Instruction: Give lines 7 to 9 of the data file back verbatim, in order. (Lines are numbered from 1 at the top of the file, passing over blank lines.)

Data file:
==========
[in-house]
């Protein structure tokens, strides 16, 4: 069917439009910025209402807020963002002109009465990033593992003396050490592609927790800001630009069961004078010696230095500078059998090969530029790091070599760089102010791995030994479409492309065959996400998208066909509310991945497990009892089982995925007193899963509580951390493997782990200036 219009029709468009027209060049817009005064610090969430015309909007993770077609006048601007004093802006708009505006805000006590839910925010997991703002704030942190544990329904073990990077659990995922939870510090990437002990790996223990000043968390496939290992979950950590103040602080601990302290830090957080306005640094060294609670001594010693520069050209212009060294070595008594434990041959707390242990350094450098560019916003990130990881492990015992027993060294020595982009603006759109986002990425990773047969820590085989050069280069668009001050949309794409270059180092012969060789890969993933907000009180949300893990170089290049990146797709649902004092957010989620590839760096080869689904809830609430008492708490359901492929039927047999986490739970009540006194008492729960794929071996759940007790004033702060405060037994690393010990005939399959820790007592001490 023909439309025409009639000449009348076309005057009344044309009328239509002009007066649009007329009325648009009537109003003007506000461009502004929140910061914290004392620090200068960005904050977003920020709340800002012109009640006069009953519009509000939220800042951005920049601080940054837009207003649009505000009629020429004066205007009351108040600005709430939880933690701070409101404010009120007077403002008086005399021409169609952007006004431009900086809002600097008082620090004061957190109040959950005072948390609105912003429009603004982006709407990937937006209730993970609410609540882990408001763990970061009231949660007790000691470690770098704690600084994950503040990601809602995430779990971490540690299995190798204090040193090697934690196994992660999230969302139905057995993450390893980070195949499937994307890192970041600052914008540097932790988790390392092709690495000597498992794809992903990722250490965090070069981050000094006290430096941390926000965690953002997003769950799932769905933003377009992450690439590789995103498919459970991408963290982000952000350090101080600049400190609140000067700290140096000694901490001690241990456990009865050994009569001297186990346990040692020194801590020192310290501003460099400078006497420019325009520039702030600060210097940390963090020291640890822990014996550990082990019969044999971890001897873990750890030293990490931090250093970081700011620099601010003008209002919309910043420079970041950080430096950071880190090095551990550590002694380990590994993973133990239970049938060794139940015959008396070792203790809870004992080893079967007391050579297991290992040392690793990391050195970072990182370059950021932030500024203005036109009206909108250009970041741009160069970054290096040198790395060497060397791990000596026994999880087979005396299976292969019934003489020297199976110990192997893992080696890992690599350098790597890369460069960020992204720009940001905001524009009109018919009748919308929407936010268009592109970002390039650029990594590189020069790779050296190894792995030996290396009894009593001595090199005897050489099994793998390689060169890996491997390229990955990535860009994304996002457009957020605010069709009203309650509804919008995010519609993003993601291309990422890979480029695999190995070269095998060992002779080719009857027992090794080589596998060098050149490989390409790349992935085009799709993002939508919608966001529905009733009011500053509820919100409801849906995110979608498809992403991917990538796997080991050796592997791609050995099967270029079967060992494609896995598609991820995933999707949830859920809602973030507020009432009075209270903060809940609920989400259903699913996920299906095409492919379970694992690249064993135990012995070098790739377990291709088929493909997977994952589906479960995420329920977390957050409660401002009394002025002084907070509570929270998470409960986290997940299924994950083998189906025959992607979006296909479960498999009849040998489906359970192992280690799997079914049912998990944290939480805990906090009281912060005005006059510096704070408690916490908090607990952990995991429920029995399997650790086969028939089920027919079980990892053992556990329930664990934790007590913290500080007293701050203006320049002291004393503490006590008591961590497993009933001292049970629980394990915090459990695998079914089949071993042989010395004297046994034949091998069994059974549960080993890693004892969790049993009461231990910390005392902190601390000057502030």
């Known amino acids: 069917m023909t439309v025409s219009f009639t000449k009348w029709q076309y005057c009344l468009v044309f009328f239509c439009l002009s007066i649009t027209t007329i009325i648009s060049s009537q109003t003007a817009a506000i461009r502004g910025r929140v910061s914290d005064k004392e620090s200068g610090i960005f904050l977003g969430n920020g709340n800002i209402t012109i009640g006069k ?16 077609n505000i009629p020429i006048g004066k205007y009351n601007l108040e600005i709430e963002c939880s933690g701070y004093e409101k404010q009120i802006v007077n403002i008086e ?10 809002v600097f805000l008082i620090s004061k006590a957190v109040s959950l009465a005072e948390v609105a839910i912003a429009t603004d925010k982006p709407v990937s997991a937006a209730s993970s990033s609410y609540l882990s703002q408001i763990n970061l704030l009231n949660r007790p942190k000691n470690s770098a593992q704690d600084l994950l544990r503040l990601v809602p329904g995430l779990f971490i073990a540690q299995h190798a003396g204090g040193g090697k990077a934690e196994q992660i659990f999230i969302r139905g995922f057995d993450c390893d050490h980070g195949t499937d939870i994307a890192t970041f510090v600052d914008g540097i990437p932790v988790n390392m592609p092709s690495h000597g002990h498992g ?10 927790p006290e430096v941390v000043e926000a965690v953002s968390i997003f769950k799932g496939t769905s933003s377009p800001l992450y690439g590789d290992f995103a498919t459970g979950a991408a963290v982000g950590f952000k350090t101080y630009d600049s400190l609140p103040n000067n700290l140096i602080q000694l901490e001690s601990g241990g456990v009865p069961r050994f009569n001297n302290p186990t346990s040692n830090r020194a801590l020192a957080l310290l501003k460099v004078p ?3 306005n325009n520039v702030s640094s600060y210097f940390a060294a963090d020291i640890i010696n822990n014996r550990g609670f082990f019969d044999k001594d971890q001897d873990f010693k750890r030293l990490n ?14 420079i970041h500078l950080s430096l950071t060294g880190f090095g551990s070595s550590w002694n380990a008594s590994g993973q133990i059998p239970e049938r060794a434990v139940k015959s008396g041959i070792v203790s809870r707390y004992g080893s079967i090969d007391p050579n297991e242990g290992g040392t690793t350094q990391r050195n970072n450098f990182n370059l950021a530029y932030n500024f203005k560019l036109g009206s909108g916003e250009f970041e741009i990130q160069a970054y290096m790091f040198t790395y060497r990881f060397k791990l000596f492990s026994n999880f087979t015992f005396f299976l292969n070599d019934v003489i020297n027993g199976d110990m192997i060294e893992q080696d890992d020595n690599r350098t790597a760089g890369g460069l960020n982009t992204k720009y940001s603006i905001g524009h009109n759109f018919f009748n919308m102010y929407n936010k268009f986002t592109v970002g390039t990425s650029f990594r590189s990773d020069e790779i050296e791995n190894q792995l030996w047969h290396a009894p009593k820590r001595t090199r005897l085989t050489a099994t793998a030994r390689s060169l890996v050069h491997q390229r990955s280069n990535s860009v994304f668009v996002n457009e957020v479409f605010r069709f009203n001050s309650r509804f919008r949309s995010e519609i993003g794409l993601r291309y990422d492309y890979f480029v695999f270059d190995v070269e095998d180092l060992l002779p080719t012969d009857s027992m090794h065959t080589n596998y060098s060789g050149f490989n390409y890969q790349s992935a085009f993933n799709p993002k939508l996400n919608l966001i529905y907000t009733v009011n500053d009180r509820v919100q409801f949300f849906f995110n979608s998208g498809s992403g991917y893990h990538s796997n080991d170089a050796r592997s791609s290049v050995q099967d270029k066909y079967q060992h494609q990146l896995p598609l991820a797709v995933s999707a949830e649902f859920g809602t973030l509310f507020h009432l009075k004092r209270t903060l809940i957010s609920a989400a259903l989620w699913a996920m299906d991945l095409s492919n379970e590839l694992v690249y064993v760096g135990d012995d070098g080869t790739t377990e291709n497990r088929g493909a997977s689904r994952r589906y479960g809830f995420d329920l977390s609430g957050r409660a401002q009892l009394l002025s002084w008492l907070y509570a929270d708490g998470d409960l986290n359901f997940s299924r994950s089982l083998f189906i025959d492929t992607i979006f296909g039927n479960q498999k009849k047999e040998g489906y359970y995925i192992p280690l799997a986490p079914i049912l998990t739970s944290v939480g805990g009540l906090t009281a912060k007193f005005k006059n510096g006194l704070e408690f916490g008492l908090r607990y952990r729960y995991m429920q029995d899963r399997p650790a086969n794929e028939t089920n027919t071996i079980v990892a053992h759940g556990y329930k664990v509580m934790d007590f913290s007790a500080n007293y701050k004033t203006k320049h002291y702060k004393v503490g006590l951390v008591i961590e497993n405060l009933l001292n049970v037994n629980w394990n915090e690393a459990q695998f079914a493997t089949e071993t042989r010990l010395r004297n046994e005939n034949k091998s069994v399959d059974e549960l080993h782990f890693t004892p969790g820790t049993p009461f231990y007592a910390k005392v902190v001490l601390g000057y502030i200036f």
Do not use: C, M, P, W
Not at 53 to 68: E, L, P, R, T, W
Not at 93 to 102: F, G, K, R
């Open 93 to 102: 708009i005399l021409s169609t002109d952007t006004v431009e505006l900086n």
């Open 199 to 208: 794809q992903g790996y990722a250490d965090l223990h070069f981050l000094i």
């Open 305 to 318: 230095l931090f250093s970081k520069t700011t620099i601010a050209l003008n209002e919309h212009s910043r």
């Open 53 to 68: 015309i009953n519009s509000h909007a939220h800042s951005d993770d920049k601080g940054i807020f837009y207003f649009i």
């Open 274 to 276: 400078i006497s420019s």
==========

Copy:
């Open 93 to 102: 708009i005399l021409s169609t002109d952007t006004v431009e505006l900086n």
């Open 199 to 208: 794809q992903g790996y990722a250490d965090l223990h070069f981050l000094i």
């Open 305 to 318: 230095l931090f250093s970081k520069t700011t620099i601010a050209l003008n209002e919309h212009s910043r």